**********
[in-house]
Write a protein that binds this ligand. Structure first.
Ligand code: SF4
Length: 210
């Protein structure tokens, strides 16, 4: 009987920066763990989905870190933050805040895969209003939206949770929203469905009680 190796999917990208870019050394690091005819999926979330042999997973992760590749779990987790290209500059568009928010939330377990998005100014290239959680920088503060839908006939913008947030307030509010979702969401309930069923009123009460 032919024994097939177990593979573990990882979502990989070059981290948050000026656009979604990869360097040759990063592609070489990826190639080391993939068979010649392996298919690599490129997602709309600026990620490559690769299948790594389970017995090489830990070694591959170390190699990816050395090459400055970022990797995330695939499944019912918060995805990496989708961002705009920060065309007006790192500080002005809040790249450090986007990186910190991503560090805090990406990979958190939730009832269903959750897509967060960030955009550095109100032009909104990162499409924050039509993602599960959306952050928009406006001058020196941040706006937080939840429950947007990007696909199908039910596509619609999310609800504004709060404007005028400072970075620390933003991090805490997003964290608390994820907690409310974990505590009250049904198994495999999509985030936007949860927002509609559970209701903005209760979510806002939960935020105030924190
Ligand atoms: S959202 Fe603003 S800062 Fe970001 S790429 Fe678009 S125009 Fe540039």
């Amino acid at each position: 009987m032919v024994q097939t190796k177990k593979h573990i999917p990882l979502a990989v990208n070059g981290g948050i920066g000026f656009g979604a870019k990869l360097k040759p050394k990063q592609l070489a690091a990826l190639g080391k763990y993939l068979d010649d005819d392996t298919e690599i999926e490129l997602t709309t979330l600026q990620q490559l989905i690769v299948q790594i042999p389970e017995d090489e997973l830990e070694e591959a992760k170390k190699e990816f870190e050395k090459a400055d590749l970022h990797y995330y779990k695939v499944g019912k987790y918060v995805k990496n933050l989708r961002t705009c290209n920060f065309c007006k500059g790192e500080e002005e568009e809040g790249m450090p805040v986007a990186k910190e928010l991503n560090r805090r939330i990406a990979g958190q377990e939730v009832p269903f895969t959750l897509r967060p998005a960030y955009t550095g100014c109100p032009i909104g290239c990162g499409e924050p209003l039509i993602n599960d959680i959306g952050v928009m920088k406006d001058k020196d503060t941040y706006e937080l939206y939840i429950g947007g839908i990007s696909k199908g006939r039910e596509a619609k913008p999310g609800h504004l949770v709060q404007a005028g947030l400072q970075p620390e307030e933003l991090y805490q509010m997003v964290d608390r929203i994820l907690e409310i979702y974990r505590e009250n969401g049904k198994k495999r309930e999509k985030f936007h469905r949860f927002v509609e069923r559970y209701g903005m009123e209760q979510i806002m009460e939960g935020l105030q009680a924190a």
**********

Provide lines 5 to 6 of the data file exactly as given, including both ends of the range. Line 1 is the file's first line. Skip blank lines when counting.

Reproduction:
């Protein structure tokens, strides 16, 4: 009987920066763990989905870190933050805040895969209003939206949770929203469905009680 190796999917990208870019050394690091005819999926979330042999997973992760590749779990987790290209500059568009928010939330377990998005100014290239959680920088503060839908006939913008947030307030509010979702969401309930069923009123009460 032919024994097939177990593979573990990882979502990989070059981290948050000026656009979604990869360097040759990063592609070489990826190639080391993939068979010649392996298919690599490129997602709309600026990620490559690769299948790594389970017995090489830990070694591959170390190699990816050395090459400055970022990797995330695939499944019912918060995805990496989708961002705009920060065309007006790192500080002005809040790249450090986007990186910190991503560090805090990406990979958190939730009832269903959750897509967060960030955009550095109100032009909104990162499409924050039509993602599960959306952050928009406006001058020196941040706006937080939840429950947007990007696909199908039910596509619609999310609800504004709060404007005028400072970075620390933003991090805490997003964290608390994820907690409310974990505590009250049904198994495999999509985030936007949860927002509609559970209701903005209760979510806002939960935020105030924190
Ligand atoms: S959202 Fe603003 S800062 Fe970001 S790429 Fe678009 S125009 Fe540039």